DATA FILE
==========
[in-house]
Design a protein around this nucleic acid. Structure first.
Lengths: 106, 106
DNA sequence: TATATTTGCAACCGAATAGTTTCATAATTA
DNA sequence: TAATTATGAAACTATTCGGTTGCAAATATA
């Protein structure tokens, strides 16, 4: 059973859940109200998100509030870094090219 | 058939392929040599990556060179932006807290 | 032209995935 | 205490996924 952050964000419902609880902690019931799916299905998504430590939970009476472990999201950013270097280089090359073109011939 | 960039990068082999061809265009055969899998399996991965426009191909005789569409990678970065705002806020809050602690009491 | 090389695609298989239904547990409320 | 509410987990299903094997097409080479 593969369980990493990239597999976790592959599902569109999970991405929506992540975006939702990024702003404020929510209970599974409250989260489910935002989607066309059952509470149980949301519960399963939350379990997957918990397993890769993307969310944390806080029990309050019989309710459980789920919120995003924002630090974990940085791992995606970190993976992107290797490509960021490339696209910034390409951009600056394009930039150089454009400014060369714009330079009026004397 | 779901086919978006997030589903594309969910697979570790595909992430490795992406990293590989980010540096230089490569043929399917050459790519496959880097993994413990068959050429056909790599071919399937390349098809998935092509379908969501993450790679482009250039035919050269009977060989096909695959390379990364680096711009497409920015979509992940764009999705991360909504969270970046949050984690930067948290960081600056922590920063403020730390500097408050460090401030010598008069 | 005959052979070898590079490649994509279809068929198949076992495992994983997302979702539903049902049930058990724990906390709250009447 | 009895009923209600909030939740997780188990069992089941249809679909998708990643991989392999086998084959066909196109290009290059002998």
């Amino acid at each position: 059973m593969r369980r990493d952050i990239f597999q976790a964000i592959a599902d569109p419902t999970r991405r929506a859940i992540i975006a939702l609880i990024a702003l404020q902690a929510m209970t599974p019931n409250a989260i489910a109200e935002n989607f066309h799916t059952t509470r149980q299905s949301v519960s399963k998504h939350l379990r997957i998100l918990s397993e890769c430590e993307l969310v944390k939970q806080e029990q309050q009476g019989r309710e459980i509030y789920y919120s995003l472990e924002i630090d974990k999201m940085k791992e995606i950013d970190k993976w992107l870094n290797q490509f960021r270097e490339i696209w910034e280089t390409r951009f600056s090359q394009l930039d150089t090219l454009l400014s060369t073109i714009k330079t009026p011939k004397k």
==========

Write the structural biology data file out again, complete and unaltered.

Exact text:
[in-house]
Design a protein around this nucleic acid. Structure first.
Lengths: 106, 106
DNA sequence: TATATTTGCAACCGAATAGTTTCATAATTA
DNA sequence: TAATTATGAAACTATTCGGTTGCAAATATA
């Protein structure tokens, strides 16, 4: 059973859940109200998100509030870094090219 | 058939392929040599990556060179932006807290 | 032209995935 | 205490996924 952050964000419902609880902690019931799916299905998504430590939970009476472990999201950013270097280089090359073109011939 | 960039990068082999061809265009055969899998399996991965426009191909005789569409990678970065705002806020809050602690009491 | 090389695609298989239904547990409320 | 509410987990299903094997097409080479 593969369980990493990239597999976790592959599902569109999970991405929506992540975006939702990024702003404020929510209970599974409250989260489910935002989607066309059952509470149980949301519960399963939350379990997957918990397993890769993307969310944390806080029990309050019989309710459980789920919120995003924002630090974990940085791992995606970190993976992107290797490509960021490339696209910034390409951009600056394009930039150089454009400014060369714009330079009026004397 | 779901086919978006997030589903594309969910697979570790595909992430490795992406990293590989980010540096230089490569043929399917050459790519496959880097993994413990068959050429056909790599071919399937390349098809998935092509379908969501993450790679482009250039035919050269009977060989096909695959390379990364680096711009497409920015979509992940764009999705991360909504969270970046949050984690930067948290960081600056922590920063403020730390500097408050460090401030010598008069 | 005959052979070898590079490649994509279809068929198949076992495992994983997302979702539903049902049930058990724990906390709250009447 | 009895009923209600909030939740997780188990069992089941249809679909998708990643991989392999086998084959066909196109290009290059002998």
């Amino acid at each position: 059973m593969r369980r990493d952050i990239f597999q976790a964000i592959a599902d569109p419902t999970r991405r929506a859940i992540i975006a939702l609880i990024a702003l404020q902690a929510m209970t599974p019931n409250a989260i489910a109200e935002n989607f066309h799916t059952t509470r149980q299905s949301v519960s399963k998504h939350l379990r997957i998100l918990s397993e890769c430590e993307l969310v944390k939970q806080e029990q309050q009476g019989r309710e459980i509030y789920y919120s995003l472990e924002i630090d974990k999201m940085k791992e995606i950013d970190k993976w992107l870094n290797q490509f960021r270097e490339i696209w910034e280089t390409r951009f600056s090359q394009l930039d150089t090219l454009l400014s060369t073109i714009k330079t009026p011939k004397k």